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25428.  Fri Sep 30, 2005 9:11 am Reply with quote

Wikipedia defines it, rather elegantly, as:
A malapropism (from French mal propos, "ill of purpose") is an incorrect usage of a word, usually with comic effect.

The term comes from the name of Mrs. Malaprop, a character in Richard Brinsley Sheridan's comedy, The Rivals (1775), whose name was in turn derived from the existing English word 'malapropos', meaning "inappropriately".

While George W. Bush could be considered today's super-heavyweight champion (along with regular contributor's to Private Eye's Colemanballs), I'm sure we've all come up with a few ourselves.

Sheridan's originals are still good:
"He's as headstrong as an allegory on the banks of the Nile." (i.e., alligator)

"He is the very pineapple of politeness." (i.e., pinnacle)

Mr Grue
25431.  Fri Sep 30, 2005 9:14 am Reply with quote

My favourite malapropism of the moment is the perhaps sadly recurrent:

"which led to the loss of so many pointless lives".

I believe I've seen that one on this board not too long ago...

25450.  Fri Sep 30, 2005 10:51 am Reply with quote

for 6 years I have a forklift driver in a whorehouse :)

25451.  Fri Sep 30, 2005 10:52 am Reply with quote

For 6 years I have been a fork lift driver in a whorehouse,doh,soz

25455.  Fri Sep 30, 2005 10:58 am Reply with quote

When my first husband was a little boy, he went home from school one day after the school nurse had been in to give the various injections required, and said, 'Mummy - I've been vulcanised!'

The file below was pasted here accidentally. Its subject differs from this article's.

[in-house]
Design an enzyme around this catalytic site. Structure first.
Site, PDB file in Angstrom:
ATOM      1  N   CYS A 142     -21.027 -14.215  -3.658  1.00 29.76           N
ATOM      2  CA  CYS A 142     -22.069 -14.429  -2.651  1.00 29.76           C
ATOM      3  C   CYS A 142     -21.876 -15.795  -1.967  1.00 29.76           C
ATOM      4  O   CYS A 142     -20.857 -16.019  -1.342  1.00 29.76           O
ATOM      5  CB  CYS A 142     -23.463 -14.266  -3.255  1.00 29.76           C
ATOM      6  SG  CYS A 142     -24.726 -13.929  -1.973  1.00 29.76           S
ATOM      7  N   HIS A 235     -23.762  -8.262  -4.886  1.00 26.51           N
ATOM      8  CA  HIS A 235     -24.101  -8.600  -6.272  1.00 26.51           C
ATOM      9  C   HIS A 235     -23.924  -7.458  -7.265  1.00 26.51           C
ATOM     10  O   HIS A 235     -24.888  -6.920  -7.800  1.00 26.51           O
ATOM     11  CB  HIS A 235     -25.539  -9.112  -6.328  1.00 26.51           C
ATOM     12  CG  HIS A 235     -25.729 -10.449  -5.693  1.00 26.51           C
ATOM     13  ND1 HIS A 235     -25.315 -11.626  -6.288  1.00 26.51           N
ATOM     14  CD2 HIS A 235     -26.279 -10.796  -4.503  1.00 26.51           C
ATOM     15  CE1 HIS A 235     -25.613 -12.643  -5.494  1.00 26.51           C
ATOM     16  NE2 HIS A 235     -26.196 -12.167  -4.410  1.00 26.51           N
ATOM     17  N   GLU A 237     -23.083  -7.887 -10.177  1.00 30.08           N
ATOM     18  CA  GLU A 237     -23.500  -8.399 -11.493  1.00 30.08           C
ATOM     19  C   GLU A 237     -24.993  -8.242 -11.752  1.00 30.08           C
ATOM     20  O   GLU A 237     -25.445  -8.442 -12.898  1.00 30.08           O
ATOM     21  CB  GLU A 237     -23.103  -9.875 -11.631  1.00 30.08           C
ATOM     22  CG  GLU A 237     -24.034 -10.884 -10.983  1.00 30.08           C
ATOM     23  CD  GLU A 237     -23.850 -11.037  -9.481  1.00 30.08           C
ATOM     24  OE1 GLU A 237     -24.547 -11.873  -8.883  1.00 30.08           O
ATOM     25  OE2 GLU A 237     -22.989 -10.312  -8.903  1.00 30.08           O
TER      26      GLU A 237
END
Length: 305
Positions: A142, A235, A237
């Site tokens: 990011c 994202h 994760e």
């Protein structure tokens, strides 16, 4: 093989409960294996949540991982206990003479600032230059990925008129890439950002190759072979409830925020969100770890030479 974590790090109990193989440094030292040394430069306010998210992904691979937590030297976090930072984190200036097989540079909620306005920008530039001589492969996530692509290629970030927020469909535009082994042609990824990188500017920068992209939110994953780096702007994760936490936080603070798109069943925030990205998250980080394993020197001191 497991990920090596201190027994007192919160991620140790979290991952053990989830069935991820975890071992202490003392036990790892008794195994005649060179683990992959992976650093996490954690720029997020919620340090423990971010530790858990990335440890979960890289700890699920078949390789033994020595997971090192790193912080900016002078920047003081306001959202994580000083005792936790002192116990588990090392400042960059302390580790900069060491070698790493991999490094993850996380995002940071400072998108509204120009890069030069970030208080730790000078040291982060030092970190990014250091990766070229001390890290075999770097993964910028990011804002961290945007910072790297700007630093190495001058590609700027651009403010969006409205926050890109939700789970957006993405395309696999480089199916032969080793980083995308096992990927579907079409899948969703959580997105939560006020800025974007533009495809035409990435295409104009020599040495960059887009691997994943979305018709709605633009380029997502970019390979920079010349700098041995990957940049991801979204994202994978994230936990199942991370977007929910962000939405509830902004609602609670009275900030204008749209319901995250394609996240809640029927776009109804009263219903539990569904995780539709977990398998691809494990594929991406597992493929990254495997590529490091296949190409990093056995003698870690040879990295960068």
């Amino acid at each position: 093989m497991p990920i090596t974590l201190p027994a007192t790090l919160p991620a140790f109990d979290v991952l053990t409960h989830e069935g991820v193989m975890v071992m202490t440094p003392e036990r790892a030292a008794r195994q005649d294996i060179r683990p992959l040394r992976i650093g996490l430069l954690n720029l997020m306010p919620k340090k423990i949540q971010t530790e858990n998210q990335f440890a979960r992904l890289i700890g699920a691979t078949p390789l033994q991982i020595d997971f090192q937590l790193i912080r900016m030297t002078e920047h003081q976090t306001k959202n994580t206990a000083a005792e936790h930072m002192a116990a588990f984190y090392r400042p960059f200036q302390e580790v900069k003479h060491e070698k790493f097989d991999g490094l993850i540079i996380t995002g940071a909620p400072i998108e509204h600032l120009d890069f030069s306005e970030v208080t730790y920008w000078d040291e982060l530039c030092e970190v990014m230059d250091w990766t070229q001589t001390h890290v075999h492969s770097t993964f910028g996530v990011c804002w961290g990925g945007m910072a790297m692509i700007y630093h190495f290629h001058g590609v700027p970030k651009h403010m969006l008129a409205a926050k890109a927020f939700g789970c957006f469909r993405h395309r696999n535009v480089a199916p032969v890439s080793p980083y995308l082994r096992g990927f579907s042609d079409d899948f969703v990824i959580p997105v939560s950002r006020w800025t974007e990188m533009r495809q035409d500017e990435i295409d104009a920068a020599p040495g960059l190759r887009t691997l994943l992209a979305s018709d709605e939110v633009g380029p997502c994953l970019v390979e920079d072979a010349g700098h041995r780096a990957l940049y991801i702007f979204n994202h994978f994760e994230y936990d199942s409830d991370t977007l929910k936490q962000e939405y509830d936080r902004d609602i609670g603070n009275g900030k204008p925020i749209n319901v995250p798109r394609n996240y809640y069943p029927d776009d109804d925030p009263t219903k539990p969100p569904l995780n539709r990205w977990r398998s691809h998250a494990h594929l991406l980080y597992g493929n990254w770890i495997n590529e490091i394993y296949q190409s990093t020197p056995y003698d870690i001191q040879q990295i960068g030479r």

25458.  Fri Sep 30, 2005 11:01 am Reply with quote

I had been driving for 25 years when I fell asleep at the wheel.

Mr Grue
25560.  Sat Oct 01, 2005 6:38 am Reply with quote

I do love a hybrid simile, 'chas:

"Up and down like a bride's yo-yo."
"Smooth as a baby's silk."

29258.  Tue Nov 01, 2005 5:49 pm Reply with quote

I remember my younger brother once looking out of our house through the letterbox, seeing the postman coming down the street, and coming back to tell our mum. 'How do you know that?' she asked. To which he replied 'I saw him through the chatterbox'

29402.  Thu Nov 03, 2005 8:02 am Reply with quote

Slightly related - amazing how easy it is to mis-read some website URL's if you capitalise the wrong letters (these are all work-safe if you click on them btw).

30186.  Tue Nov 08, 2005 3:07 pm Reply with quote

I once shared a house with a somewhat pretentious academic, much given to using words that were one or two syllables too long for his grasp. When I pointed this out to him, he insisted that people didn't object to a little solipsism. I had to produce a dictionary in order to persuade him that he meant "solecism".

gerontius grumpus
35346.  Sun Nov 27, 2005 9:13 am Reply with quote

As much use as a chocolate labrador.

35348.  Sun Nov 27, 2005 9:21 am Reply with quote

"He is the very pineapple of politeness." (i.e., pinnacle)

Actually I've been trying to bring that particular malapropism back into fashion amongst my friends. It's only working for about 5 of us, but we enjoy it more as it adds rather a fruity tone to your compliments/descriptions.

gerontius grumpus
35365.  Sun Nov 27, 2005 9:52 am Reply with quote

Sheridan's originals are still good:
[quote]"He's as headstrong as an allegory on the banks of the Nile." (i.e., alligator)

Is this a double malapropism since alligators are not found an the banks of the Nile?

A bit like the way the word malapropism is derived from the name of a character that means something vary similar to that.

Cleverina Clogs
35373.  Sun Nov 27, 2005 10:08 am Reply with quote

I don't know if this is a malapropism or not, but Mother Clogs often says strange things like 'shut the door, and then you can have some more soup'

35446.  Sun Nov 27, 2005 1:19 pm Reply with quote

gerontius grumpus wrote:
As much use as a chocolate labrador.

Careful now


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